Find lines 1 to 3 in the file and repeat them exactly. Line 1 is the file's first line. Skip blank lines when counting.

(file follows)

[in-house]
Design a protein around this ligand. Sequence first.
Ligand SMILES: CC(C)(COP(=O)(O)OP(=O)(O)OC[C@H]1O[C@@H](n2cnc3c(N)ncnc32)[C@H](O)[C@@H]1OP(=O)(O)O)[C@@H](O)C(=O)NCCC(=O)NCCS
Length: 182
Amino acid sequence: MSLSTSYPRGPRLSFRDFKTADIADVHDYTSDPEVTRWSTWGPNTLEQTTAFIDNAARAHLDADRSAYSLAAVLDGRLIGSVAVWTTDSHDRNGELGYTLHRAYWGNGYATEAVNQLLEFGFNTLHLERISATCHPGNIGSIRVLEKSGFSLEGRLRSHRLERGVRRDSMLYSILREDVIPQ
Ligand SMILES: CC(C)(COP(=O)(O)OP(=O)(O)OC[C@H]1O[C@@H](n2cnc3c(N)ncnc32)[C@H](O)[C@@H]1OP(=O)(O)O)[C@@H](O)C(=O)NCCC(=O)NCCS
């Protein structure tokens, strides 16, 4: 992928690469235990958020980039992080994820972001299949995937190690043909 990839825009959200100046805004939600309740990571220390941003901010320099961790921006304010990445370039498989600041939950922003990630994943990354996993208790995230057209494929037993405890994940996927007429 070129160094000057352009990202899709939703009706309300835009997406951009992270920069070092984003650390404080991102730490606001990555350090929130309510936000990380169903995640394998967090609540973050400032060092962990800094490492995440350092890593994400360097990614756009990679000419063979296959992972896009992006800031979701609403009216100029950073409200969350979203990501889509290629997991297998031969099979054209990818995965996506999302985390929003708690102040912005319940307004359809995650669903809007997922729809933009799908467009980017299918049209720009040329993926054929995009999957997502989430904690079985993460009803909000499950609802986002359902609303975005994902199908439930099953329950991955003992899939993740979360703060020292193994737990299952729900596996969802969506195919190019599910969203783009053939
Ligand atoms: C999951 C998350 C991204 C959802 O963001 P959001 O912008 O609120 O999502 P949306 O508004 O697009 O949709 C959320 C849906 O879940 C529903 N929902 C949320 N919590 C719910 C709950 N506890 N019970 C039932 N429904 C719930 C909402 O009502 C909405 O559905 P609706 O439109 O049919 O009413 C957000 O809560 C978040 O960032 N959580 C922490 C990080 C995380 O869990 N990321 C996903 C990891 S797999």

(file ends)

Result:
[in-house]
Design a protein around this ligand. Sequence first.
Ligand SMILES: CC(C)(COP(=O)(O)OP(=O)(O)OC[C@H]1O[C@@H](n2cnc3c(N)ncnc32)[C@H](O)[C@@H]1OP(=O)(O)O)[C@@H](O)C(=O)NCCC(=O)NCCS